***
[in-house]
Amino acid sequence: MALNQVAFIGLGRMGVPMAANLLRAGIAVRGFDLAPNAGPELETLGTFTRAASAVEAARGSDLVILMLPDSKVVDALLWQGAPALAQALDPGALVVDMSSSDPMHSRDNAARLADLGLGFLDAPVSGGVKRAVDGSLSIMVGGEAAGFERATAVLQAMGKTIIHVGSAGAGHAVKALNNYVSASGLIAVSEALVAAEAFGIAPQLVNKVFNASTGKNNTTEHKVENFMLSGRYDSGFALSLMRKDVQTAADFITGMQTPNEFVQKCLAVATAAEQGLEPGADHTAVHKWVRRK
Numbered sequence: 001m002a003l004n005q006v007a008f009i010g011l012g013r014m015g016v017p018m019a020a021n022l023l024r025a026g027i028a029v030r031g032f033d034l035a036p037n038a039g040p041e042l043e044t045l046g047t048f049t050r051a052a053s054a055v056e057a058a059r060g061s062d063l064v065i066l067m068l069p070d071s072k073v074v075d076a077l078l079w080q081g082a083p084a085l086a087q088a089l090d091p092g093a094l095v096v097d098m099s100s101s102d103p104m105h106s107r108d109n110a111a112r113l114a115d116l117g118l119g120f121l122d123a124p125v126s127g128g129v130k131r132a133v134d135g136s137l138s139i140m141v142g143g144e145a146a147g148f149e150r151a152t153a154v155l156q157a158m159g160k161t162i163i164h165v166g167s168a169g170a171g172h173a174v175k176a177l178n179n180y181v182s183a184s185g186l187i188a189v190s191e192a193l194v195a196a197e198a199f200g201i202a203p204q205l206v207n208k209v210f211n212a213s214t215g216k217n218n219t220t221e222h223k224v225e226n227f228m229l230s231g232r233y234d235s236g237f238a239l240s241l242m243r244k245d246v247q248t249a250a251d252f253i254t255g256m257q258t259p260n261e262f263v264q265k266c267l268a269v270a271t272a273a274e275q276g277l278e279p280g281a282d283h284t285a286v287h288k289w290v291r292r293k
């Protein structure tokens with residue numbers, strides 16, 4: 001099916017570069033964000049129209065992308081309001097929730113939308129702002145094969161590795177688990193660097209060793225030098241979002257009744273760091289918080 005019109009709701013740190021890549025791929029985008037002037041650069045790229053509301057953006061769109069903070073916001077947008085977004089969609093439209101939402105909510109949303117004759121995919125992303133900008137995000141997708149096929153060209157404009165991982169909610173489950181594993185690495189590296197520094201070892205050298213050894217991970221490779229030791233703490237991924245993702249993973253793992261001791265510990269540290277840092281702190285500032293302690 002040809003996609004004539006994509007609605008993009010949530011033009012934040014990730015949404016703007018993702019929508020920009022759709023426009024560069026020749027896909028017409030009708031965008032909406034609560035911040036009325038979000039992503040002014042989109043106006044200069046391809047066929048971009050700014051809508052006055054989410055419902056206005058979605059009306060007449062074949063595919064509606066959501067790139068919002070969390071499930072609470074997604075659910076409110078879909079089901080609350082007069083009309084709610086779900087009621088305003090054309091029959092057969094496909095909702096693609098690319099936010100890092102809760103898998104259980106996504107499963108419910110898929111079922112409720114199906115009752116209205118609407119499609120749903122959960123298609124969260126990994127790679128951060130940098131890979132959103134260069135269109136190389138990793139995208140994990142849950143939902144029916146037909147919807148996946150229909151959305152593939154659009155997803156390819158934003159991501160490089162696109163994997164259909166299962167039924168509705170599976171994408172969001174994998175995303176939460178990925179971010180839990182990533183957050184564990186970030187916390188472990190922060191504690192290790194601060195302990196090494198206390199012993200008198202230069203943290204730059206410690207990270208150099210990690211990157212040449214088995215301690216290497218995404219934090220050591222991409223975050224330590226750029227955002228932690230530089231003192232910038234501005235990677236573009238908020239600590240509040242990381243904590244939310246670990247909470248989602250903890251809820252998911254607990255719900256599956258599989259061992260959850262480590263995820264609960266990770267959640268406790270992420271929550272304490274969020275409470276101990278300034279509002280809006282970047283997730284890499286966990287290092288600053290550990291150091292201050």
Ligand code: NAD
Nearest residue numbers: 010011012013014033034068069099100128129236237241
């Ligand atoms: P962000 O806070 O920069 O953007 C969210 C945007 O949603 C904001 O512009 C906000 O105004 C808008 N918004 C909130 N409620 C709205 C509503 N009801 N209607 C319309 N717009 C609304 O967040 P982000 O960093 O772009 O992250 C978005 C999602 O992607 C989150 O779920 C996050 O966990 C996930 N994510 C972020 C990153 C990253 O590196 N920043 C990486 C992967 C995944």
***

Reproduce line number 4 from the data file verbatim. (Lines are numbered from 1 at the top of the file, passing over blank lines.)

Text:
């Protein structure tokens with residue numbers, strides 16, 4: 001099916017570069033964000049129209065992308081309001097929730113939308129702002145094969161590795177688990193660097209060793225030098241979002257009744273760091289918080 005019109009709701013740190021890549025791929029985008037002037041650069045790229053509301057953006061769109069903070073916001077947008085977004089969609093439209101939402105909510109949303117004759121995919125992303133900008137995000141997708149096929153060209157404009165991982169909610173489950181594993185690495189590296197520094201070892205050298213050894217991970221490779229030791233703490237991924245993702249993973253793992261001791265510990269540290277840092281702190285500032293302690 002040809003996609004004539006994509007609605008993009010949530011033009012934040014990730015949404016703007018993702019929508020920009022759709023426009024560069026020749027896909028017409030009708031965008032909406034609560035911040036009325038979000039992503040002014042989109043106006044200069046391809047066929048971009050700014051809508052006055054989410055419902056206005058979605059009306060007449062074949063595919064509606066959501067790139068919002070969390071499930072609470074997604075659910076409110078879909079089901080609350082007069083009309084709610086779900087009621088305003090054309091029959092057969094496909095909702096693609098690319099936010100890092102809760103898998104259980106996504107499963108419910110898929111079922112409720114199906115009752116209205118609407119499609120749903122959960123298609124969260126990994127790679128951060130940098131890979132959103134260069135269109136190389138990793139995208140994990142849950143939902144029916146037909147919807148996946150229909151959305152593939154659009155997803156390819158934003159991501160490089162696109163994997164259909166299962167039924168509705170599976171994408172969001174994998175995303176939460178990925179971010180839990182990533183957050184564990186970030187916390188472990190922060191504690192290790194601060195302990196090494198206390199012993200008198202230069203943290204730059206410690207990270208150099210990690211990157212040449214088995215301690216290497218995404219934090220050591222991409223975050224330590226750029227955002228932690230530089231003192232910038234501005235990677236573009238908020239600590240509040242990381243904590244939310246670990247909470248989602250903890251809820252998911254607990255719900256599956258599989259061992260959850262480590263995820264609960266990770267959640268406790270992420271929550272304490274969020275409470276101990278300034279509002280809006282970047283997730284890499286966990287290092288600053290550990291150091292201050």